For use by cities, towns, villages, and fire districts.
First issued in 1988; revised 2003.
The MU-1 Records Retention and Disposition Schedule indicates the minimum length of time that officials of Cities, Towns, Villages and Fire Districts must retain their records before they may be disposed of legally. This Schedule does not cover retention periods for records of New York City offices and boroughs. Before records disposition takes place, this Schedule must be formally adopted by resolution of the governing body. The State Archives has prepared and issued this Schedule in accordance with state law and regulation.
The purposes of this Schedule are to:
(1) ensure that records are retained as long as needed for administrative, legal and fiscal purposes;
(2) ensure that state and federal record retention requirements are met;
(3) ensure that record series with enduring historical and other research value are identified and retained permanently; and
(4) encourage and facilitate the systematic disposal of unneeded records.
The main points of the Schedule are:
- No records may be disposed of unless they are listed on this Schedule, or their disposition is covered by other state laws.
- Retention periods on this Schedule apply to one "official" copy designated by the local government, unless otherwise stated.
- The retention periods listed in this Schedule pertain to the information contained in records, regardless of physical form or characteristic (paper, microfilm, computer disk or tape, or other medium).
- Items on this Schedule preceded by a single diamond symbol (*) were either new to the 2000 edition or substantively changed from the previous (1993) edition. Items preceded by a double diamond symbol (**) are either new to this 2003 edition or substantively changed from the 2000 edition.
- For any record not listed, the Records Management Officer, or the custodian of the record, should contact the Archives to determine if it is indeed covered by this Schedule and if a legal minimum retention period has been established. If not, the Archives will consult with appropriate state and local officials and users of local government records and advise the local government on the disposition of the records.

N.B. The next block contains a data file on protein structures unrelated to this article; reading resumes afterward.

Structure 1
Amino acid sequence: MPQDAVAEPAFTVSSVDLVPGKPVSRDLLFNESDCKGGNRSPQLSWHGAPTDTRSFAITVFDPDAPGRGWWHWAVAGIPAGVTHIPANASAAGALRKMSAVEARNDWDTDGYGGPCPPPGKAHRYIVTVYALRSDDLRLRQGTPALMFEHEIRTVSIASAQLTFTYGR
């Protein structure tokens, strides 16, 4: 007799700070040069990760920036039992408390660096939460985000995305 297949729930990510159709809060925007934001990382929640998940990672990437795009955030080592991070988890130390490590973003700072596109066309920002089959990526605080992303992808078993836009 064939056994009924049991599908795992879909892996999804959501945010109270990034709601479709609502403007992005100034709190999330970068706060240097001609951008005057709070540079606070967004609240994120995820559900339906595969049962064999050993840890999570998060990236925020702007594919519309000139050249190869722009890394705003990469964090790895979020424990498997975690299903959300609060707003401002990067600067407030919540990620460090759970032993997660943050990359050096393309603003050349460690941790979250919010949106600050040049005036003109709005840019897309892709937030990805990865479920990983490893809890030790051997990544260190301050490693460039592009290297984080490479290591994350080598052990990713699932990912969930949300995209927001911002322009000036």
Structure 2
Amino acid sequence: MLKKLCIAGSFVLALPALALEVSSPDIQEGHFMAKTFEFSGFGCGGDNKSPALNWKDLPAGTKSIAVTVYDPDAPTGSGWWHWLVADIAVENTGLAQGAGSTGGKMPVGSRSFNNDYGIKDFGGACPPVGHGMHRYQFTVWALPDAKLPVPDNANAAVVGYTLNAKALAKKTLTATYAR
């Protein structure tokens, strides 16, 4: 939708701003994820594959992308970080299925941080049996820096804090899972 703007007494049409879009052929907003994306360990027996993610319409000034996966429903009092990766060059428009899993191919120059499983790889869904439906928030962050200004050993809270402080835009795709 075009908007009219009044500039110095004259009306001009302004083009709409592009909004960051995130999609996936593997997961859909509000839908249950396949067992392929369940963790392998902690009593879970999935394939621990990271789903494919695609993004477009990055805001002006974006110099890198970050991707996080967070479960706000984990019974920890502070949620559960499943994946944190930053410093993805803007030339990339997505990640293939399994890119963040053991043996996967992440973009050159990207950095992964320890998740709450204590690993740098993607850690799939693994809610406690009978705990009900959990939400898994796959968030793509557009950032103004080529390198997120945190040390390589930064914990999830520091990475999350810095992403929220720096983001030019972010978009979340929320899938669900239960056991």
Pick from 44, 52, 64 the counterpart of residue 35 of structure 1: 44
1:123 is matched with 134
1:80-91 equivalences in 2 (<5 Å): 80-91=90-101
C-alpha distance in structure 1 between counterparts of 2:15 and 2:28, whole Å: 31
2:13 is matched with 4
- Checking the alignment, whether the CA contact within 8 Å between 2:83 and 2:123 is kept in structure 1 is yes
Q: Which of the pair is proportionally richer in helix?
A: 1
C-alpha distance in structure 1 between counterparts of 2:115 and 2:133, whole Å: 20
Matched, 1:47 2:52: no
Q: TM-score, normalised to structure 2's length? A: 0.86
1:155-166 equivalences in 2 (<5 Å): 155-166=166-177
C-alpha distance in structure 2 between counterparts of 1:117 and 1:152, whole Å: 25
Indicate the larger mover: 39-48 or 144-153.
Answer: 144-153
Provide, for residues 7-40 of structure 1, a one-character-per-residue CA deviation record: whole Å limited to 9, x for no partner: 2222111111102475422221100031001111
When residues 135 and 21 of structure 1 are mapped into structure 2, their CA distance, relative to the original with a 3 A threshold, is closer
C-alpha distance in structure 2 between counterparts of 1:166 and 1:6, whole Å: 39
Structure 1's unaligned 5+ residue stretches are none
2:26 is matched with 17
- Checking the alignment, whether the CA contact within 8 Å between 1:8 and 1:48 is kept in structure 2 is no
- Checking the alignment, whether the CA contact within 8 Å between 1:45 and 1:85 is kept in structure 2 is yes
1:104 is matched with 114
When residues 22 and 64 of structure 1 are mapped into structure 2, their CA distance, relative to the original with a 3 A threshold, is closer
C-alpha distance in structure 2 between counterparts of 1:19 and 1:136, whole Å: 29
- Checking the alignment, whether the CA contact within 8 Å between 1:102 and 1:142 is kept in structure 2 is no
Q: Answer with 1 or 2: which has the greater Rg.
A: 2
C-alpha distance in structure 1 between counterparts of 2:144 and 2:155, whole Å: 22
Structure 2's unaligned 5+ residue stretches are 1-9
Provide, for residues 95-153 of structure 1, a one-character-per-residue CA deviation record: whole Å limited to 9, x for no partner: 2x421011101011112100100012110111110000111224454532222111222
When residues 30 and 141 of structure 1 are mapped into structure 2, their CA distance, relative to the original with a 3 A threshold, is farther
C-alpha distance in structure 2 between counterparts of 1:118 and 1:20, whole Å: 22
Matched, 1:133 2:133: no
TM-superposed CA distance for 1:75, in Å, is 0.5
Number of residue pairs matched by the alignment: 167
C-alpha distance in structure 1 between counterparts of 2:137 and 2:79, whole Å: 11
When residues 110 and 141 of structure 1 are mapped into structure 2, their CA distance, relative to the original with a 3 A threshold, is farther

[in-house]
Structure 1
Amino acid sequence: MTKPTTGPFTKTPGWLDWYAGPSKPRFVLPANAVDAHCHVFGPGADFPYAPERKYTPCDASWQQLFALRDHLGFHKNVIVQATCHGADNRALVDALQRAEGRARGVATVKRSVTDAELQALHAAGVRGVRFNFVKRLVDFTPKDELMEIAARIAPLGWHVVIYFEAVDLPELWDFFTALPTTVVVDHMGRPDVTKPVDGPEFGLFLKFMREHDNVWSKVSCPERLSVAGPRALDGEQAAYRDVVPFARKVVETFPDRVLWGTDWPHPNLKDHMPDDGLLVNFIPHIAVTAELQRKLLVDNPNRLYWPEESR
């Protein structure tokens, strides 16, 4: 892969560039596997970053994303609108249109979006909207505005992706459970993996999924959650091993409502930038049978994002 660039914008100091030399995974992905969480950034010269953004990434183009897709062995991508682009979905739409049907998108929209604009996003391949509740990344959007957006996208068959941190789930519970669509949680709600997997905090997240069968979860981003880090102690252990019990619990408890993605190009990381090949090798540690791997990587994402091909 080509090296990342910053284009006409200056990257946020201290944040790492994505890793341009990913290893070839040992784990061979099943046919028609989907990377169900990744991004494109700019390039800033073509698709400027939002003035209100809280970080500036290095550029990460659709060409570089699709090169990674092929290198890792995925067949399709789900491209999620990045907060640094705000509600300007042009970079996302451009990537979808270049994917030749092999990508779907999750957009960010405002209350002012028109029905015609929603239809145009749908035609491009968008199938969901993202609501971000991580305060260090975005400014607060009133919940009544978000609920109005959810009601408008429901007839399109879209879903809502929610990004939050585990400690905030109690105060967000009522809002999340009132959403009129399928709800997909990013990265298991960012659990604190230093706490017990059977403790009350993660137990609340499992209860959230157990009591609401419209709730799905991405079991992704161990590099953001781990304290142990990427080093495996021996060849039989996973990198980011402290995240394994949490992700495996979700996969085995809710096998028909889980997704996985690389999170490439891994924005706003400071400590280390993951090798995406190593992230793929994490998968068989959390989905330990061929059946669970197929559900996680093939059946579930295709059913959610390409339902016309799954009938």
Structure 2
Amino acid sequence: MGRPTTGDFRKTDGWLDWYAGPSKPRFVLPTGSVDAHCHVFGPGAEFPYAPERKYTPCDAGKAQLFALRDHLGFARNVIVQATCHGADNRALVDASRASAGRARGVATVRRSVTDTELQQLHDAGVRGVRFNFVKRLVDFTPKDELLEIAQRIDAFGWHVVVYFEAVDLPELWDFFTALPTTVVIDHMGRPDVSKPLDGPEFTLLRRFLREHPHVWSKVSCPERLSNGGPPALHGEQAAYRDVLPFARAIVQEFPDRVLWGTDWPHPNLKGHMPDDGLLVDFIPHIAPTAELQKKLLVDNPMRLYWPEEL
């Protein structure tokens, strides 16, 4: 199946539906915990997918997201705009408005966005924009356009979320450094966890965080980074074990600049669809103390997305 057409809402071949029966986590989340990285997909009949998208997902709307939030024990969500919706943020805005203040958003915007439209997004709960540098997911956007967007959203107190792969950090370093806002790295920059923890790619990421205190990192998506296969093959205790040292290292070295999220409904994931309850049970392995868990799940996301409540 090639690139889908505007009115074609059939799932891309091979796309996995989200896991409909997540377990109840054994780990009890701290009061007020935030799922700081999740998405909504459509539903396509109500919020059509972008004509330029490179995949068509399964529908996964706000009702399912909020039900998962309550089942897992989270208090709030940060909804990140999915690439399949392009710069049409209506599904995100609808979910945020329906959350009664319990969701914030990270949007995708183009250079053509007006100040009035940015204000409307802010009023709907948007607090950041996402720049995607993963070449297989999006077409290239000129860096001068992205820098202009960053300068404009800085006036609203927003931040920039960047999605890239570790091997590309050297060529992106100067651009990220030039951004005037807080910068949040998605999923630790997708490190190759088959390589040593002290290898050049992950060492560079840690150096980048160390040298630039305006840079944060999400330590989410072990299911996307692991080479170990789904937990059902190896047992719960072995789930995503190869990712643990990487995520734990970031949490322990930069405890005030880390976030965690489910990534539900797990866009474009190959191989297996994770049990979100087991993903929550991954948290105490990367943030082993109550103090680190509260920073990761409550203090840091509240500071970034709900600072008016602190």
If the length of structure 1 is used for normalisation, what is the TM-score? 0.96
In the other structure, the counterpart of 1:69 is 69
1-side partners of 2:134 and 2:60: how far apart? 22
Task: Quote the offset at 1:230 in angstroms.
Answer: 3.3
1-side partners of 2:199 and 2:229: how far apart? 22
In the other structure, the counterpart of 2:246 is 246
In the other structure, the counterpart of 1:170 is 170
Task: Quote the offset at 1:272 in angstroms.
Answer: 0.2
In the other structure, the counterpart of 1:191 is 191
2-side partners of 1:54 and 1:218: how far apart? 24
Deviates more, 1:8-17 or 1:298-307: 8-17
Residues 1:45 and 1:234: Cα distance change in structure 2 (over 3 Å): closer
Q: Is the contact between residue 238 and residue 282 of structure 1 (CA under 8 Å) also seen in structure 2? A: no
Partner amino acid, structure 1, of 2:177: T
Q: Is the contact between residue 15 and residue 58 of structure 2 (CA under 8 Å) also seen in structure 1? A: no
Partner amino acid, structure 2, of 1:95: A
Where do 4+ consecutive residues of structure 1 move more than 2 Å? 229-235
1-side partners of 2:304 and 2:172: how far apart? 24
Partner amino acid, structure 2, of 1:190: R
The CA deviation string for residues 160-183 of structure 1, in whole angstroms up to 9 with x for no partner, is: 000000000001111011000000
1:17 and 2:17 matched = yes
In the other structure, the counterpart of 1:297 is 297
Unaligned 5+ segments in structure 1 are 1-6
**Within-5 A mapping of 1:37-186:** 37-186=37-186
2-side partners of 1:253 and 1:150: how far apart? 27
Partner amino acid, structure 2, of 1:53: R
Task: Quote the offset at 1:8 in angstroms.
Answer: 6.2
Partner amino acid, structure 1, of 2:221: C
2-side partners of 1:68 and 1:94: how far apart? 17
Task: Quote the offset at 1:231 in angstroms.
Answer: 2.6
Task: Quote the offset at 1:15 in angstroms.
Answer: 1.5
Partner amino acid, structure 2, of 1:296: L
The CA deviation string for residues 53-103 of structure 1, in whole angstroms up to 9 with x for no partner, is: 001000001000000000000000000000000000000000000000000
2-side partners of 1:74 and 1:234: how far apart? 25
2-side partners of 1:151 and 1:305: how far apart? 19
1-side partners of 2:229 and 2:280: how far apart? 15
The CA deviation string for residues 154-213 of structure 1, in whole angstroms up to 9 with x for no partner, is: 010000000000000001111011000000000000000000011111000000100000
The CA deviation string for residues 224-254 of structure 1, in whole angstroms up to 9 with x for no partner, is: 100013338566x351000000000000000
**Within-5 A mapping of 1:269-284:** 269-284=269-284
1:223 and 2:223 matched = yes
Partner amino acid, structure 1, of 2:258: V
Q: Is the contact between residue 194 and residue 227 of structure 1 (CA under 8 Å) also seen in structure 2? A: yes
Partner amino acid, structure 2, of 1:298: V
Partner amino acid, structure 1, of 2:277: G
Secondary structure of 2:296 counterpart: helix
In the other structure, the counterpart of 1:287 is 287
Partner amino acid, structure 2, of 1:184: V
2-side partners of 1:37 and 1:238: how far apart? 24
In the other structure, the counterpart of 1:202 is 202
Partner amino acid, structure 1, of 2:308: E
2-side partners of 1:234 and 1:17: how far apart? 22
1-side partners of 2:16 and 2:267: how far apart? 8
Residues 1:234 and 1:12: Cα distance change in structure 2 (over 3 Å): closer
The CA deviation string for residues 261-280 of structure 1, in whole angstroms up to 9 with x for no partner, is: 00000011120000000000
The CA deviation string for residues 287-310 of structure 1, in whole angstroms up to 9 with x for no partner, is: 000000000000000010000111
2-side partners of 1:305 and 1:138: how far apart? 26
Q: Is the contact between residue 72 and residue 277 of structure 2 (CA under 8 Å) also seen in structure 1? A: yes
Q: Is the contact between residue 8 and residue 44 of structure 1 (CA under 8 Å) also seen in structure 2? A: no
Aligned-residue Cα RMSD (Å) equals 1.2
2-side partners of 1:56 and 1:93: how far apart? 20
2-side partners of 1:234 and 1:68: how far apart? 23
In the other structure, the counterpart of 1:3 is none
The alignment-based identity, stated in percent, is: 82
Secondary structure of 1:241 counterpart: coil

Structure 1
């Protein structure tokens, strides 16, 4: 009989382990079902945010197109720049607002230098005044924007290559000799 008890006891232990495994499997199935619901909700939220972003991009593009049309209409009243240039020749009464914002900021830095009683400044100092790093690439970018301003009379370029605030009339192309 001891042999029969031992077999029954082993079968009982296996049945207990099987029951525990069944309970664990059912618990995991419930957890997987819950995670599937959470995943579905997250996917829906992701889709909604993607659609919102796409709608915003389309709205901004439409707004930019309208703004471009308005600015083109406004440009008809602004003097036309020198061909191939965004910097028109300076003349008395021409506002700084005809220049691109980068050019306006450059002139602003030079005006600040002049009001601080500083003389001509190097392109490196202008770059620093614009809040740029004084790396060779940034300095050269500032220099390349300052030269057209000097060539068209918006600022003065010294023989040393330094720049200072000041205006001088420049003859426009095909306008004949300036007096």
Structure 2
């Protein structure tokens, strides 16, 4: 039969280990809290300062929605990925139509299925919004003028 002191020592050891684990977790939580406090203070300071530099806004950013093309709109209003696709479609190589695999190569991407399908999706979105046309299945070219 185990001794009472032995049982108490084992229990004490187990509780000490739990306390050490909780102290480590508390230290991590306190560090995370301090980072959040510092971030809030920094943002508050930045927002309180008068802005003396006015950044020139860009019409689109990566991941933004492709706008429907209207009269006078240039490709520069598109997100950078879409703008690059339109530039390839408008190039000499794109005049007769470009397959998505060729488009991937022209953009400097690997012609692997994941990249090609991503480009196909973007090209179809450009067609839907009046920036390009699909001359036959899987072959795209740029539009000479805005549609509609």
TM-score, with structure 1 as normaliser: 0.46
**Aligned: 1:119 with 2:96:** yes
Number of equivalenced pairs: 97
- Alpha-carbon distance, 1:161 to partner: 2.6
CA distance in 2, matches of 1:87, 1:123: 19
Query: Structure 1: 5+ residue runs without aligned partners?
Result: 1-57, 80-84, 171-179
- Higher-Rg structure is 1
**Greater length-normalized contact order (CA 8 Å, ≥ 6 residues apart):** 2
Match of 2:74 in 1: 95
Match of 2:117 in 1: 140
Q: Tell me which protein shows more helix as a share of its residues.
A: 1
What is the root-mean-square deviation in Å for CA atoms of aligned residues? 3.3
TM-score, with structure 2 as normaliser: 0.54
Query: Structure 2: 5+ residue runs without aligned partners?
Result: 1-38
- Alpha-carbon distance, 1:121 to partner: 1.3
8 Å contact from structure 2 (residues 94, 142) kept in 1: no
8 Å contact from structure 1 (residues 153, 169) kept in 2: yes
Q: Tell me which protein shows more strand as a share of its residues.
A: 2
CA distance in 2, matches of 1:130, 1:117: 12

- Records being used in legal actions must be retained for one year after the legal action ends, or until their scheduled retention period has passed, whichever is longer.
- Records being kept beyond the established retention periods for audit and other purposes at the request of state or federal agencies must be retained until the local government receives the audit report, or the need is satisfied.
- Certain records may need to be retained for one year longer than Schedule MU-1 dictates if those records are subject to the requirements stated in Section 29.2 of 8NYCRR for health professionals, other than physicians, employed by or associated with local governments.
- Records created before 1910 (even those which have been microfilmed) are not eligible for disposition without written permission from the State Archives.
- The Archives cannot identify all record series with historical significance for individual local governments. Local officials will need to appraise records with nonpermanent retention periods for potential research or historical value before destroying them. A local government record has historical or other research importance if it provides significant evidence of how the government functions and/or if it provides significant information about people, places or events that involve the government.
- Records common to most offices are listed under the General section of the Schedule. One should first attempt to locate a specific item under a functional heading. If the record you are locating cannot be found under a functional heading, then proceed to this General section to search for a less specific item covering the record.
- The Local Government Records Law and Schedule MU-1 do not address confidentiality of records. Confidentiality of records is often dependent upon what information they contain. Local officials should address such questions to the Committee on Open Government, their own counsels, or other state or federal agency having oversight of the records in question.